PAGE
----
For one, although the New York-based firm has a venture and private equity arm, it is best known as
a hedge fund. For another, Tiger Global goes to great lengths to keep a low profile. It has no website or Facebook page (despite having once bought 3% of the company) and makes a policy of not answering press calls.
But while its public image may be under the radar, Tiger’s investment portfolio is anything but that. In 2012, the firm invested in a surprisingly large portion of the year’s largest global e-commerce deals, participating in rounds of $30 million or more for companies spanning four continents. This year, Tiger is off to an even bigger start, leading an $800 million debt and equity recapitalization for online survey provider SurveyMonkey at a valuation of about $1.35 billion.
For Tiger Global, big ticket transactions aren’t out of the ordinary. Last year, the firm was a backer in about a third of the largest e-commerce related rounds involving U.S.-based investors. The list includes investments this year in India-based etailer Flipkart, online home décor retailer One Kings Lane and Internet eyewear boutique Warby Parker. Tiger also previously invested in payment provider Square. It’s an active public investor in the space as well, drawing attention recently for its November purchase of 9.9% of Class A shares in Groupon.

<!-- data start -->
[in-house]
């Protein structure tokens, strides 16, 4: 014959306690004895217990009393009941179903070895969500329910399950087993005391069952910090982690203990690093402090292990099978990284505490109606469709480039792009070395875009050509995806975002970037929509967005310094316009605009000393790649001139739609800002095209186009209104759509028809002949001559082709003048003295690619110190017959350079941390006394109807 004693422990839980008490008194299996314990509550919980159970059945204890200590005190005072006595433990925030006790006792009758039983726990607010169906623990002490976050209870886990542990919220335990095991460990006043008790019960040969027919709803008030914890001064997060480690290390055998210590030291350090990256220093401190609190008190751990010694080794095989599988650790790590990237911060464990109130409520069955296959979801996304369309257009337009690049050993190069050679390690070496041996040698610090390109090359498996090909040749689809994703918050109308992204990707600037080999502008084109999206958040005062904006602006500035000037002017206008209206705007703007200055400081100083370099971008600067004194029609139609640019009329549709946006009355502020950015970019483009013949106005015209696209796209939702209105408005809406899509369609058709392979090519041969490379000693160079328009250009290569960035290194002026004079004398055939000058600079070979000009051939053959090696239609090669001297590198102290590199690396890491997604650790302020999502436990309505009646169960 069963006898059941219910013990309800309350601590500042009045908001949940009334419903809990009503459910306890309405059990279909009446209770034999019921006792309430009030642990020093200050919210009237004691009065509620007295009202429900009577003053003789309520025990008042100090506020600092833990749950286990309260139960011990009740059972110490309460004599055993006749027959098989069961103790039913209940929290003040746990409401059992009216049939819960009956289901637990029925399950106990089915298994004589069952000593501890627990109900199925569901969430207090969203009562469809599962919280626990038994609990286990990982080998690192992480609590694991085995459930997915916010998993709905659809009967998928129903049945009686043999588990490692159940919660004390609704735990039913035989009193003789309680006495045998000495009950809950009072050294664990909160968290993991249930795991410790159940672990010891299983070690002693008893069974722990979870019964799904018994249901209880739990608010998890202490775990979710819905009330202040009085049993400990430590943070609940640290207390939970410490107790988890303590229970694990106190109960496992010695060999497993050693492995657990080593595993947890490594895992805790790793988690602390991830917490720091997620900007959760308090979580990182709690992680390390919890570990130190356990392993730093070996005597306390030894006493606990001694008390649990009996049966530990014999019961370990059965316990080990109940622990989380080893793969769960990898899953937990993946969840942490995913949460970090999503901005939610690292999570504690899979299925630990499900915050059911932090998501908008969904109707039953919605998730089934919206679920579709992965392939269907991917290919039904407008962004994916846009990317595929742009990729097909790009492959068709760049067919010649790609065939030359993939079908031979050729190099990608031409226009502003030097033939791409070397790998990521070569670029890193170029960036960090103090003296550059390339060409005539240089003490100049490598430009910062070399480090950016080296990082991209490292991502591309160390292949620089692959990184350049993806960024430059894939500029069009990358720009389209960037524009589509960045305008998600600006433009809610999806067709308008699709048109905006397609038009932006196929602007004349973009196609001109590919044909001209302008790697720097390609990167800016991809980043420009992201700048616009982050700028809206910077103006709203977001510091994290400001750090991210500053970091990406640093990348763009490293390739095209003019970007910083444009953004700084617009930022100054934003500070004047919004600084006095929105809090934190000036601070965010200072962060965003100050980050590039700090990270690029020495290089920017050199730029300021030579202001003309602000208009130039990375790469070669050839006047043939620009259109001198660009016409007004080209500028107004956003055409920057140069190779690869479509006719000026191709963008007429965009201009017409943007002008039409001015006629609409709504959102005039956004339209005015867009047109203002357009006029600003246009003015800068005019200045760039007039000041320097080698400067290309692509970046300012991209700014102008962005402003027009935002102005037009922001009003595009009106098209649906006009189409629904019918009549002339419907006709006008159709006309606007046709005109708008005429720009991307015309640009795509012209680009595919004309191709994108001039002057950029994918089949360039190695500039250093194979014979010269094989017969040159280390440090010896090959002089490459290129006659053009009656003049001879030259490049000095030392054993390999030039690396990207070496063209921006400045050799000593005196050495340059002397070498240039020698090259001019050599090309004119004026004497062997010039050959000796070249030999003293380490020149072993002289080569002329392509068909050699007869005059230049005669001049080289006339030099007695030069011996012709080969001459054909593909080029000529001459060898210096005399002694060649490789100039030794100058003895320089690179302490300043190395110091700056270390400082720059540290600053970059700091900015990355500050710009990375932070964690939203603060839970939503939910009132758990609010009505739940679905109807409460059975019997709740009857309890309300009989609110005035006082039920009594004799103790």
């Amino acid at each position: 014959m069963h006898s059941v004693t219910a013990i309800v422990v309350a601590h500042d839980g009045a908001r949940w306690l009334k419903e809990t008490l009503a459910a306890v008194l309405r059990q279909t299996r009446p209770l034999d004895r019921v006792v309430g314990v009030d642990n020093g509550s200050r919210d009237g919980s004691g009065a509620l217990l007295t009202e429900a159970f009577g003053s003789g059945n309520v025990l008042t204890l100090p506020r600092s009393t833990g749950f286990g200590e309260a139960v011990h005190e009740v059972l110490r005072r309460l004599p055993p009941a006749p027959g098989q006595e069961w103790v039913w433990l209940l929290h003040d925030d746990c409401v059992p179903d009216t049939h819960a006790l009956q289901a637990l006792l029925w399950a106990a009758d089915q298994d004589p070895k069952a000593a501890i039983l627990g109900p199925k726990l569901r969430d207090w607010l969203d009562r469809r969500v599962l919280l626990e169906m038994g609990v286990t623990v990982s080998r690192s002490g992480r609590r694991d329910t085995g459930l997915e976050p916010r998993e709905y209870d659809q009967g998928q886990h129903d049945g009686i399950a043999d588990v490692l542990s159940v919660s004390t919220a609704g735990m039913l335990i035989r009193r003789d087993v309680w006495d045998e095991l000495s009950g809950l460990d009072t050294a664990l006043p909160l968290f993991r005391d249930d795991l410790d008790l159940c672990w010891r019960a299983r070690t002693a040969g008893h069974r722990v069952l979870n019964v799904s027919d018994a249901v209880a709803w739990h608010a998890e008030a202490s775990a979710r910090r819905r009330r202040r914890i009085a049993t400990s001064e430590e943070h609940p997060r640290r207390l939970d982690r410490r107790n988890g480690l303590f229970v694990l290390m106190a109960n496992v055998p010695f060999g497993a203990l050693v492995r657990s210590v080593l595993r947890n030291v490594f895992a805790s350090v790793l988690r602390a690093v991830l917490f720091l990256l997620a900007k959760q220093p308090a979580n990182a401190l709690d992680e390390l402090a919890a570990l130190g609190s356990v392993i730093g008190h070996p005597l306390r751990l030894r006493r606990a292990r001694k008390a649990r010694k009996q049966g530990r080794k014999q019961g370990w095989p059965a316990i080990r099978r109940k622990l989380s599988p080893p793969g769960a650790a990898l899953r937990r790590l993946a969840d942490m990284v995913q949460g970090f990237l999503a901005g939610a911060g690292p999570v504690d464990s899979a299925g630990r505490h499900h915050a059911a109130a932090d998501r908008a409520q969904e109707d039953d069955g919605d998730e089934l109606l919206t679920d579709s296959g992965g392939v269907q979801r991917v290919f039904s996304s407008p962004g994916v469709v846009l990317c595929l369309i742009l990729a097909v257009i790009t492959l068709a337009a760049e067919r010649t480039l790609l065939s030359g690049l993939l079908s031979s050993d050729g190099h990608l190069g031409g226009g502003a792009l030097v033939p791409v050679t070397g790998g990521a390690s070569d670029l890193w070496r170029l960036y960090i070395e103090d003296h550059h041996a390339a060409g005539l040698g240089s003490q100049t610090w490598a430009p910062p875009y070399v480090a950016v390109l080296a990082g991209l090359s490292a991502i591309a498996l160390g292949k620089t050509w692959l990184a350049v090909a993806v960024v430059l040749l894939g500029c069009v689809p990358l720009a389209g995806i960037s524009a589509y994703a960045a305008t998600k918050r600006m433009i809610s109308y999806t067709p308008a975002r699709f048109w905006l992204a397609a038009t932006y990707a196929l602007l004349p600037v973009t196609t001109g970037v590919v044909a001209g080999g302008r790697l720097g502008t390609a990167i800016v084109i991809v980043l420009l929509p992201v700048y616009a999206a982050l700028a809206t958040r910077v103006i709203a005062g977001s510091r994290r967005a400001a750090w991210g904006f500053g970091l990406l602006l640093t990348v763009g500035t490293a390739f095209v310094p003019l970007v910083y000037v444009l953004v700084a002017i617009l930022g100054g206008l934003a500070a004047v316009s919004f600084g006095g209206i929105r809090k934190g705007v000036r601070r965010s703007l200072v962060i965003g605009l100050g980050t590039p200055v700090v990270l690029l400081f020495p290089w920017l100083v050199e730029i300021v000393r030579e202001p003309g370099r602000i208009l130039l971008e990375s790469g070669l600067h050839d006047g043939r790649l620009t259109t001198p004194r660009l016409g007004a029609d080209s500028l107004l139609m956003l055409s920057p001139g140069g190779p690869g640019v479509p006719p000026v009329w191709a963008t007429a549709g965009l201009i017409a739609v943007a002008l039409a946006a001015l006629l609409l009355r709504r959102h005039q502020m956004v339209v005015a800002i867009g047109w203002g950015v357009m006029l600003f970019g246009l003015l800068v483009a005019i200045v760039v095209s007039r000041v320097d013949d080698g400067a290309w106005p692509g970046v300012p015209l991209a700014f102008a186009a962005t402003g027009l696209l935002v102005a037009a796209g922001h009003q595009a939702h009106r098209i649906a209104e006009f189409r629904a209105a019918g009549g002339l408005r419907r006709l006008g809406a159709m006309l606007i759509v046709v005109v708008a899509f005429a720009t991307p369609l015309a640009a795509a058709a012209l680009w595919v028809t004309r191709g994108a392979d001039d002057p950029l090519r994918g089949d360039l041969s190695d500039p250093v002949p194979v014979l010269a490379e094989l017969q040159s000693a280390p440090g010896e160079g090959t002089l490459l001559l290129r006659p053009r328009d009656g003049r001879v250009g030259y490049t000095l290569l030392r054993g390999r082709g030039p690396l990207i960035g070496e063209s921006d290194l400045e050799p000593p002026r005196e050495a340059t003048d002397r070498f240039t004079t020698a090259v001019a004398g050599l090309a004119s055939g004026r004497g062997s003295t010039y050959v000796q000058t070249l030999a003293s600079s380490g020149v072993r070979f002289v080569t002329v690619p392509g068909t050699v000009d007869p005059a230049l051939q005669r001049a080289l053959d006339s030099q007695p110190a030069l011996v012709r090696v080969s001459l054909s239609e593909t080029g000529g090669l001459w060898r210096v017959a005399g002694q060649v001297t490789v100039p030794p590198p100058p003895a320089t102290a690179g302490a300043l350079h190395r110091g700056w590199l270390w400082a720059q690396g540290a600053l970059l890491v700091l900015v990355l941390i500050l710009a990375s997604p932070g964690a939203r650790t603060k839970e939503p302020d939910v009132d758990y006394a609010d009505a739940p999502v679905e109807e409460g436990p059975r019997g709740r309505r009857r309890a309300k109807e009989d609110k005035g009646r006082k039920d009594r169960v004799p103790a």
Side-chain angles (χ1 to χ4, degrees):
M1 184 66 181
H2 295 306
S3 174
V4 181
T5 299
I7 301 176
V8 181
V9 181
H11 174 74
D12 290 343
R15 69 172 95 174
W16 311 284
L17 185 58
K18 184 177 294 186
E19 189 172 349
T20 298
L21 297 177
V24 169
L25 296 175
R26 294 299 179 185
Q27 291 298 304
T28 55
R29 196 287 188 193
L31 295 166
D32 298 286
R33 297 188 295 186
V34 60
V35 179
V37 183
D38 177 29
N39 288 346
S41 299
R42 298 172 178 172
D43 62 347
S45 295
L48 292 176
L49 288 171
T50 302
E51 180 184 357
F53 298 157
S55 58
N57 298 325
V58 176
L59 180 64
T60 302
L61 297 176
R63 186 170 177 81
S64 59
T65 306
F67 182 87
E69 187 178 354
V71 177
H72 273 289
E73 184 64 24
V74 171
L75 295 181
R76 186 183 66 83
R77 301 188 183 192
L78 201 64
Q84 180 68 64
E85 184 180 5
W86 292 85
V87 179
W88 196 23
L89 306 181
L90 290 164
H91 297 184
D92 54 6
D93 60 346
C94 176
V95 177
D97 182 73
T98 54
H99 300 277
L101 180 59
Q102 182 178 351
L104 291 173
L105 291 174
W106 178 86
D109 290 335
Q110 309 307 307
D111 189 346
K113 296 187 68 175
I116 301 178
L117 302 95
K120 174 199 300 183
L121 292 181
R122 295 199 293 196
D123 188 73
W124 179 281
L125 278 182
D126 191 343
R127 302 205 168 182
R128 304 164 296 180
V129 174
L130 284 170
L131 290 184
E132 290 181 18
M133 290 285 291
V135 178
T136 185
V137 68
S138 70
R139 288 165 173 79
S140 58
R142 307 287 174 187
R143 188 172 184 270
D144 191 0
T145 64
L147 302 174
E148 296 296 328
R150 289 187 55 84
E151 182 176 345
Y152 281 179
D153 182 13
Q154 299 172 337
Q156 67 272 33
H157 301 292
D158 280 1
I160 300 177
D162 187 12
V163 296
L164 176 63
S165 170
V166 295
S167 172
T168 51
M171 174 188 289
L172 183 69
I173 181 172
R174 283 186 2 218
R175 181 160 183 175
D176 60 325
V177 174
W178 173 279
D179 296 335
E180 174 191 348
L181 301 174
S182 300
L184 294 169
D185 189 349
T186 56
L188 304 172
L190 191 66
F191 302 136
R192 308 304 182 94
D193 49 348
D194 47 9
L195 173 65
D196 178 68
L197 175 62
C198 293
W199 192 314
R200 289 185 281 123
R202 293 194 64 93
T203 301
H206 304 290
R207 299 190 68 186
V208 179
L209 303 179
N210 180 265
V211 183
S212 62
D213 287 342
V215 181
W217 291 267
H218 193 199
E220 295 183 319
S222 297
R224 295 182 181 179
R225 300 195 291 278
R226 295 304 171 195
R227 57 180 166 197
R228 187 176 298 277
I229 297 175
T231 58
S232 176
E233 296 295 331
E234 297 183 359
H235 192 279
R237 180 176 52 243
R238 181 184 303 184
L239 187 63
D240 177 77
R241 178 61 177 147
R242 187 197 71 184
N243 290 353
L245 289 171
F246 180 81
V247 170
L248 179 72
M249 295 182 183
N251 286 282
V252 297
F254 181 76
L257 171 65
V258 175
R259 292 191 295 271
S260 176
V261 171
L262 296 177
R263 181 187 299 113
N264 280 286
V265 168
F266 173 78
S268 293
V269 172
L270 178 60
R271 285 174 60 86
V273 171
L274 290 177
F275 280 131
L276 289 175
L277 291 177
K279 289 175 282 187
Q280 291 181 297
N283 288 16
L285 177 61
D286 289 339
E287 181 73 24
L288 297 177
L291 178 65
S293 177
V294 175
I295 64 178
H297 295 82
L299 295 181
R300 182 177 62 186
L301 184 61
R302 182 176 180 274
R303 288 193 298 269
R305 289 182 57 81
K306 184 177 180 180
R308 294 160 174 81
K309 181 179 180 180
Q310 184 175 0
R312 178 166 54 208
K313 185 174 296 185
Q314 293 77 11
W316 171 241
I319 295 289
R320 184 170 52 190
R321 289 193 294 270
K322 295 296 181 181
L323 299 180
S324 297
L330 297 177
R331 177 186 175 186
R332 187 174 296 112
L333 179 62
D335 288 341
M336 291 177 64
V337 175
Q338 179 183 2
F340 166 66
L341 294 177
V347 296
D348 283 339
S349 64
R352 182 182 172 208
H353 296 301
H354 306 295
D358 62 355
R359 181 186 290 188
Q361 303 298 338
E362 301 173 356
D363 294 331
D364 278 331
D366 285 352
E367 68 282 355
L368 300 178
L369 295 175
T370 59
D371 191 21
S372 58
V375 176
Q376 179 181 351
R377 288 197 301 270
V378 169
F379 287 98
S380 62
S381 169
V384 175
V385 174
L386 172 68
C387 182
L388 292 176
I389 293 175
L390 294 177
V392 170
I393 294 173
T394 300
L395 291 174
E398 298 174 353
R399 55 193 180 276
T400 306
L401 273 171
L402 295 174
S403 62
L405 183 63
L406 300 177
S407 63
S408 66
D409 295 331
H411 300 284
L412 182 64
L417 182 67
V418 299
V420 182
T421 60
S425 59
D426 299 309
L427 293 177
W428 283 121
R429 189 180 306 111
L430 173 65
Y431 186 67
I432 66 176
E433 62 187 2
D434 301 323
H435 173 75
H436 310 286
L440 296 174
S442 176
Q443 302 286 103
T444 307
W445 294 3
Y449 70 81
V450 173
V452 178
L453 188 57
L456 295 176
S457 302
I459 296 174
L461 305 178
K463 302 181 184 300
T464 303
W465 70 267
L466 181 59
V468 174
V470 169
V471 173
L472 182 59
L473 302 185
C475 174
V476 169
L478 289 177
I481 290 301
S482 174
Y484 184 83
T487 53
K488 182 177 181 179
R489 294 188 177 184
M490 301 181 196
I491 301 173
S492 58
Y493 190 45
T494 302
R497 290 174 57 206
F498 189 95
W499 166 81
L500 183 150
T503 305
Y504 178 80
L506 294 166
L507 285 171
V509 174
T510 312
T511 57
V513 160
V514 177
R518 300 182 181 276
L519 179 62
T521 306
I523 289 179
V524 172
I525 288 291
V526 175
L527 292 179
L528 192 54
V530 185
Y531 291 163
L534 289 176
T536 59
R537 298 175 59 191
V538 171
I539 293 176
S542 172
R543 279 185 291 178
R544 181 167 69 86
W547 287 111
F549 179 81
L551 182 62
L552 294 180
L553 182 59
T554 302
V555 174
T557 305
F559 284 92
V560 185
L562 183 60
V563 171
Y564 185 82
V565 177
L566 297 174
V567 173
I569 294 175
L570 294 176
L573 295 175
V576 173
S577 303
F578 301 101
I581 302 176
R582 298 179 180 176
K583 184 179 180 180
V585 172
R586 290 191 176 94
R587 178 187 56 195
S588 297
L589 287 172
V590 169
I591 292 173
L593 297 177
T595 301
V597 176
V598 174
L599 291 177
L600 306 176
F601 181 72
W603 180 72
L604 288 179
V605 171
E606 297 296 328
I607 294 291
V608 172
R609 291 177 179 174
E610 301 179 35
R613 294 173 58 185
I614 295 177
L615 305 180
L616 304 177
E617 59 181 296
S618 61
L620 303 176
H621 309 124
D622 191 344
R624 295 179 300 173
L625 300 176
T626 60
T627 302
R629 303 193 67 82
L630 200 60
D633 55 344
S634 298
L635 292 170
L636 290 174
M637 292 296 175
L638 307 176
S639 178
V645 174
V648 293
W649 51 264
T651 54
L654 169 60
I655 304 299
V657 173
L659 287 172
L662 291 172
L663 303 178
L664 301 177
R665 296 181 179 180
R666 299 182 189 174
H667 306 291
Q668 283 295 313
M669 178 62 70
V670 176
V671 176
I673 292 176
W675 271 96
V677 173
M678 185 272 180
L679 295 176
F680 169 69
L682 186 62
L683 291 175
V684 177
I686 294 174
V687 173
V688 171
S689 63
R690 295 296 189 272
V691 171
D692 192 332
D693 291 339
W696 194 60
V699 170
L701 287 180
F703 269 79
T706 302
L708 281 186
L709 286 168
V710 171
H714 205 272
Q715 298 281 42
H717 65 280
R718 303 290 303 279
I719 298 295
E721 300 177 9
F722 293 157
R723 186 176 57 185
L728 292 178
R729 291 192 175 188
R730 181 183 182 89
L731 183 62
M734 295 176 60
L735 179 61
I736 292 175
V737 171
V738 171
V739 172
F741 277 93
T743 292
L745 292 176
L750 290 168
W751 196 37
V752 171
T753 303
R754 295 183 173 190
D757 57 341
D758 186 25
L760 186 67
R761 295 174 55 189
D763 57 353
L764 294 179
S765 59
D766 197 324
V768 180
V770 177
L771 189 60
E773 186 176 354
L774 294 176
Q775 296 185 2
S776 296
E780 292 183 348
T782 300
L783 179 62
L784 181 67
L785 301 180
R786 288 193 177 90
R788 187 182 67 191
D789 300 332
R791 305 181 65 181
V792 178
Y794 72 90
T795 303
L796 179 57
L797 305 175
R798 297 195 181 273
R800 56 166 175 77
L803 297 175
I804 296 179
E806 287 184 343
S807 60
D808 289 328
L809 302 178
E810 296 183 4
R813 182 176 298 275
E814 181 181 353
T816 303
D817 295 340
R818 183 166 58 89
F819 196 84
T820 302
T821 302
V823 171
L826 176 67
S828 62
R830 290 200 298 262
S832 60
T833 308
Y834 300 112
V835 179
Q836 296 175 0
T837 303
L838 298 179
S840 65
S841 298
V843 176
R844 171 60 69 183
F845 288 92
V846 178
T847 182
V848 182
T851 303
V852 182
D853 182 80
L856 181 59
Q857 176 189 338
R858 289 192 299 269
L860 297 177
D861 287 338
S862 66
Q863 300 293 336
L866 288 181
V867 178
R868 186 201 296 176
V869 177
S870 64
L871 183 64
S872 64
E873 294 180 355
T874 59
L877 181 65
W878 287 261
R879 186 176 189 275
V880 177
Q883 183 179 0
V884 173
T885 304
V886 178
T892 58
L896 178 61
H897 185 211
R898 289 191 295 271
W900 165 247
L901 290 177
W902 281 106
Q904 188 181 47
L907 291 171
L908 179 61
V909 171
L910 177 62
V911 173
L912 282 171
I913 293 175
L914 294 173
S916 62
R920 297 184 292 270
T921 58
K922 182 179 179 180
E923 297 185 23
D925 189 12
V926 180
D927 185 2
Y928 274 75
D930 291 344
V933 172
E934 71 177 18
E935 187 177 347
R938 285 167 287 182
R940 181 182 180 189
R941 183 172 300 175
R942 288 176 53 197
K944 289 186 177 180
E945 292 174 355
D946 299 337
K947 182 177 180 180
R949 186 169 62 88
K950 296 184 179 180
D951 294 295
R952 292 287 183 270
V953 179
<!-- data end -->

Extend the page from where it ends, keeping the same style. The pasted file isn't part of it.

Yet the SurveyMonkey transaction is particularly noteworthy in that it is also providing a means of exit for early investors and other stakeholders in the company. In an environment where big-ticket M&A remains muted, and IPOs are hard to pull off, it will be interesting to see if such transactions gain more traction as venture-backed companies look for alternative exit options and private equity investors look for places to put their cash.
Also noteworthy is that Tiger has among the most geographically far-flung portfolios of any later stage investor. A sample of portfolio companies funded in the fourth quarter alone includes ones with headquarters in San Francisco, Buenos Aires, Beijing, Bangalore and Moscow, according to Thomson Reuters.(VCJ subscribers can see a detailed chart of Tiger’s recent investments here.)
Tiger Global Management’s private equity and venture capital business, run by Scott Shleifer, Lee Fixel, Chase Coleman
and Feroz Dewan, oversees about $8 $5 billion in assets according to Reuters reports. Coleman used to be a tech analyst at Julian Robertson’s Tiger Management, one of the most successful hedge fund operators, and launched Tiger Global in 2001 with backing from Robertson.
(The story was corrected to clarify that although Tiger Global is best known as a hedge fund, it also has a venture and private equity arm. The venture and private equity arm manages approximately $5 billion, and is managed primarily by Scott Shleifer, Lee Fixel and Chase Coleman.)
image courtesy of Wikipedia.